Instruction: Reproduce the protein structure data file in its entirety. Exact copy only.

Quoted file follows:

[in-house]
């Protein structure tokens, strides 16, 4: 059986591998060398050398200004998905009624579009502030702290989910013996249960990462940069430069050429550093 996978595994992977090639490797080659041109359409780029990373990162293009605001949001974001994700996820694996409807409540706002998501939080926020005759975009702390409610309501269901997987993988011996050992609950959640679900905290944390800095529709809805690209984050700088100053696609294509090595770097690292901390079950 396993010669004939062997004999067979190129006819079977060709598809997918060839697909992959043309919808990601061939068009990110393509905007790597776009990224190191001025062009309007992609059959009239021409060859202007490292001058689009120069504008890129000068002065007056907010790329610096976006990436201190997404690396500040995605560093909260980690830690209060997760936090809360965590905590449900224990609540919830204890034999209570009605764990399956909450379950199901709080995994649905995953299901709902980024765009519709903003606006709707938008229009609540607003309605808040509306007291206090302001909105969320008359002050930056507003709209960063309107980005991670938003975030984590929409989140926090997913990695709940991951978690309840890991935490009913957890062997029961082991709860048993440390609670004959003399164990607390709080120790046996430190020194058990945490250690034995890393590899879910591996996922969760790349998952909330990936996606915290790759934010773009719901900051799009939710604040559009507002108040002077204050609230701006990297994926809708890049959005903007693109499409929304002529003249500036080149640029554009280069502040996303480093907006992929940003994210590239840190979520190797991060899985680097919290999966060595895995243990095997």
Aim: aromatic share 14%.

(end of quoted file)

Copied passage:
[in-house]
């Protein structure tokens, strides 16, 4: 059986591998060398050398200004998905009624579009502030702290989910013996249960990462940069430069050429550093 996978595994992977090639490797080659041109359409780029990373990162293009605001949001974001994700996820694996409807409540706002998501939080926020005759975009702390409610309501269901997987993988011996050992609950959640679900905290944390800095529709809805690209984050700088100053696609294509090595770097690292901390079950 396993010669004939062997004999067979190129006819079977060709598809997918060839697909992959043309919808990601061939068009990110393509905007790597776009990224190191001025062009309007992609059959009239021409060859202007490292001058689009120069504008890129000068002065007056907010790329610096976006990436201190997404690396500040995605560093909260980690830690209060997760936090809360965590905590449900224990609540919830204890034999209570009605764990399956909450379950199901709080995994649905995953299901709902980024765009519709903003606006709707938008229009609540607003309605808040509306007291206090302001909105969320008359002050930056507003709209960063309107980005991670938003975030984590929409989140926090997913990695709940991951978690309840890991935490009913957890062997029961082991709860048993440390609670004959003399164990607390709080120790046996430190020194058990945490250690034995890393590899879910591996996922969760790349998952909330990936996606915290790759934010773009719901900051799009939710604040559009507002108040002077204050609230701006990297994926809708890049959005903007693109499409929304002529003249500036080149640029554009280069502040996303480093907006992929940003994210590239840190979520190797991060899985680097919290999966060595895995243990095997």
Aim: aromatic share 14%.